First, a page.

No one in my family was in the military (aside from my father's long-ago stint in WWII). All my college friends either had "real" jobs or were on their way to having same. I felt like a failure: college degree but no job, in debt, no real purpose or goals. What the hell was I doing on this plane?
All I knew was that I had to do something.
|My favorite poster EVER|
But most importantly, I was given the type of experiences that middle class suburbia and the rarefied atmosphere of an Ivy League college could not have provided at that time: living and working with people of color, working under both women and people of color (this was the 1980's, remember), learning about the world of the military and the people who inhabited it, learning about the world of government (I happen to have been stationed at a gov't agency).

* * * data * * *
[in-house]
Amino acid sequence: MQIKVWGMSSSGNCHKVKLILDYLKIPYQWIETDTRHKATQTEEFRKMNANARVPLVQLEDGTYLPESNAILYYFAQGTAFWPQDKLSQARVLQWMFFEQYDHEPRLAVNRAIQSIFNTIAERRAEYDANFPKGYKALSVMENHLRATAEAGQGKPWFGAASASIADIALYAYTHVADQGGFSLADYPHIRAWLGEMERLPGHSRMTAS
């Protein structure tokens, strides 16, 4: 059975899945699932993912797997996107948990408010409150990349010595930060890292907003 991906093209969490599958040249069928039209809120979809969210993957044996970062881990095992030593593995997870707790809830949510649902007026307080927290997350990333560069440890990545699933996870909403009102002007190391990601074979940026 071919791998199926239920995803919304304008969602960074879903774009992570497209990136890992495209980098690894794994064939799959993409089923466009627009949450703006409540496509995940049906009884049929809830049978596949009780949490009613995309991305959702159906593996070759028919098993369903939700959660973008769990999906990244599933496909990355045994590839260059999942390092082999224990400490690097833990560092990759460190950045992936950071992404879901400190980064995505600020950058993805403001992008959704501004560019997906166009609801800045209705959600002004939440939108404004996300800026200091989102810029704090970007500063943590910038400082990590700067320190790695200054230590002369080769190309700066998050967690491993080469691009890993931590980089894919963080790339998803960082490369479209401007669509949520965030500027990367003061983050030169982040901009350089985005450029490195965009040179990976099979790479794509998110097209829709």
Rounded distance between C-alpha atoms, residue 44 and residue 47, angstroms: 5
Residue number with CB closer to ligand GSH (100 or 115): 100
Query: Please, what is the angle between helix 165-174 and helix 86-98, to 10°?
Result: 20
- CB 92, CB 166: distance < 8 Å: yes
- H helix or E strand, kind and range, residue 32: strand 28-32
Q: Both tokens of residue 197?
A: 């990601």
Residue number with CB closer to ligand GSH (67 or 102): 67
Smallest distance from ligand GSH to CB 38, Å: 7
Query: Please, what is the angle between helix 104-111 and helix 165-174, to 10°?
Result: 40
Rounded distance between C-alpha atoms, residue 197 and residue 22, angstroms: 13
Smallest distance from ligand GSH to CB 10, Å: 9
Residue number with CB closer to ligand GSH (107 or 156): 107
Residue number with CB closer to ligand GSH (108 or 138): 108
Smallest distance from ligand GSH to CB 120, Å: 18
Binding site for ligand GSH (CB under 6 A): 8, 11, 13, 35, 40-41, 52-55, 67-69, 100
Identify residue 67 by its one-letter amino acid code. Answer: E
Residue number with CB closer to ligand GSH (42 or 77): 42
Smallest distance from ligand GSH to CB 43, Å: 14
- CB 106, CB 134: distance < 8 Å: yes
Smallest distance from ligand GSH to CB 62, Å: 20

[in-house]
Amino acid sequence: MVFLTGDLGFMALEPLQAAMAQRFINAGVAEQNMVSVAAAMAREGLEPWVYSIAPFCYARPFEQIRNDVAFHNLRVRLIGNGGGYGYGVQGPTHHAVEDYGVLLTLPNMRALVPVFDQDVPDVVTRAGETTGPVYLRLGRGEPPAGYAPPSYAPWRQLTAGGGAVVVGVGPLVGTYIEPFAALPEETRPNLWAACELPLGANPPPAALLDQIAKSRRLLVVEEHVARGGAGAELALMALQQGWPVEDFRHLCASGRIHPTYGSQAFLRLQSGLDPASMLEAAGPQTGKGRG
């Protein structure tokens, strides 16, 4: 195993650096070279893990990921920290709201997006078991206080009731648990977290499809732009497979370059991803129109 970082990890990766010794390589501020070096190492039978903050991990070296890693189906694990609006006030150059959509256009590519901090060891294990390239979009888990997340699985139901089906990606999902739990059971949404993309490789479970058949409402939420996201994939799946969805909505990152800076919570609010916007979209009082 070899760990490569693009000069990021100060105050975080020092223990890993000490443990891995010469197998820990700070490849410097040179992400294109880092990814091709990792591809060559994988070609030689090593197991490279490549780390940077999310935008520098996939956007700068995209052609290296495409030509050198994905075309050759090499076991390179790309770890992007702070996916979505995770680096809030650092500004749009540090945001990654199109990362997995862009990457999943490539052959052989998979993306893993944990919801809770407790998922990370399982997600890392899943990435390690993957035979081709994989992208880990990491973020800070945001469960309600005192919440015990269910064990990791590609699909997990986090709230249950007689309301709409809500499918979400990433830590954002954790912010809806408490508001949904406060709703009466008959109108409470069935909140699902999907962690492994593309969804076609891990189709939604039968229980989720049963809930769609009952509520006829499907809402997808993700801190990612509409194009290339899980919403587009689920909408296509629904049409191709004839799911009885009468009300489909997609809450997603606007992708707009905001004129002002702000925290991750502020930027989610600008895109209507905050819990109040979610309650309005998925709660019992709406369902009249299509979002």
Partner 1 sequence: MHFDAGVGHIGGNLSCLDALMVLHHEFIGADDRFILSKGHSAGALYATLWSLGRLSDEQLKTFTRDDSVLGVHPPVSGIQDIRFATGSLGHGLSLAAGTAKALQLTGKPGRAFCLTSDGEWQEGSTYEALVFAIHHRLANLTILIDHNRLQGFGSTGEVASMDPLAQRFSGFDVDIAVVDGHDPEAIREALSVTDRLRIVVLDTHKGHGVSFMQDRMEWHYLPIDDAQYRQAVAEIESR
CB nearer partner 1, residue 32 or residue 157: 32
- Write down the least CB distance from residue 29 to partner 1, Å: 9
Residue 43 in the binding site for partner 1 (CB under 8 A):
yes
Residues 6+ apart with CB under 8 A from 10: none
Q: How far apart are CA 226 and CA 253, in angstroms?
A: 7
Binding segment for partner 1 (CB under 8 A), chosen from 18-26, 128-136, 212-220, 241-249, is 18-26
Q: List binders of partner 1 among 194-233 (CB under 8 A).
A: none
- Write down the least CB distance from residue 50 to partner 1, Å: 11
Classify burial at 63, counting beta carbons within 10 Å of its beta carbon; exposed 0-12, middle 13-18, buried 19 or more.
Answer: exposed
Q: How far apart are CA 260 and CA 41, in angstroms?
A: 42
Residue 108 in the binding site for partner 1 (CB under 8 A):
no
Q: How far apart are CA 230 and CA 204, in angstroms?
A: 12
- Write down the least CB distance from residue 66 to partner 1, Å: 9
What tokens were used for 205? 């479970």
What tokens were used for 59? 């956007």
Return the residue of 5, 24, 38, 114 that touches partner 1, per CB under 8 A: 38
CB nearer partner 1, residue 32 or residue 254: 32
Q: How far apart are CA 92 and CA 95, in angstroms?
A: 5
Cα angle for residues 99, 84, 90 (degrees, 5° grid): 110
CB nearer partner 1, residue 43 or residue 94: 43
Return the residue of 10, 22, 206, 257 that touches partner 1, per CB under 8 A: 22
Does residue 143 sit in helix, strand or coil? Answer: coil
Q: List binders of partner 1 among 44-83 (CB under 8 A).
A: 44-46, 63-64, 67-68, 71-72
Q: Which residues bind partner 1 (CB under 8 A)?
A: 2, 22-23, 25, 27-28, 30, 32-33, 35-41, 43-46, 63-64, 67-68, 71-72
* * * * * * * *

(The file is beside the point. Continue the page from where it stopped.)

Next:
Oh, yeah, and I also met Larry. You know, my spouse of 26 years and the father of our 6 kids?
All because I did something.
I look back on that day and feel proud of my scared, unsure, directionless younger self. And I pass that lesson on to my adult and soon-to-be-adult kids: no matter what, do something. Experience beats sitting around. No matter what you do, good or bad, you take away something from it. And all those little somethings mount up to build a life.
Of course, we know how that goes - they probably won't listen to me, because I'm their mother and what the heck do I know, anyway? But that doesn't matter, really, because that doesn't change the past 3 decades. I'll always have Florida.
[Navy poster image: Wikimedia]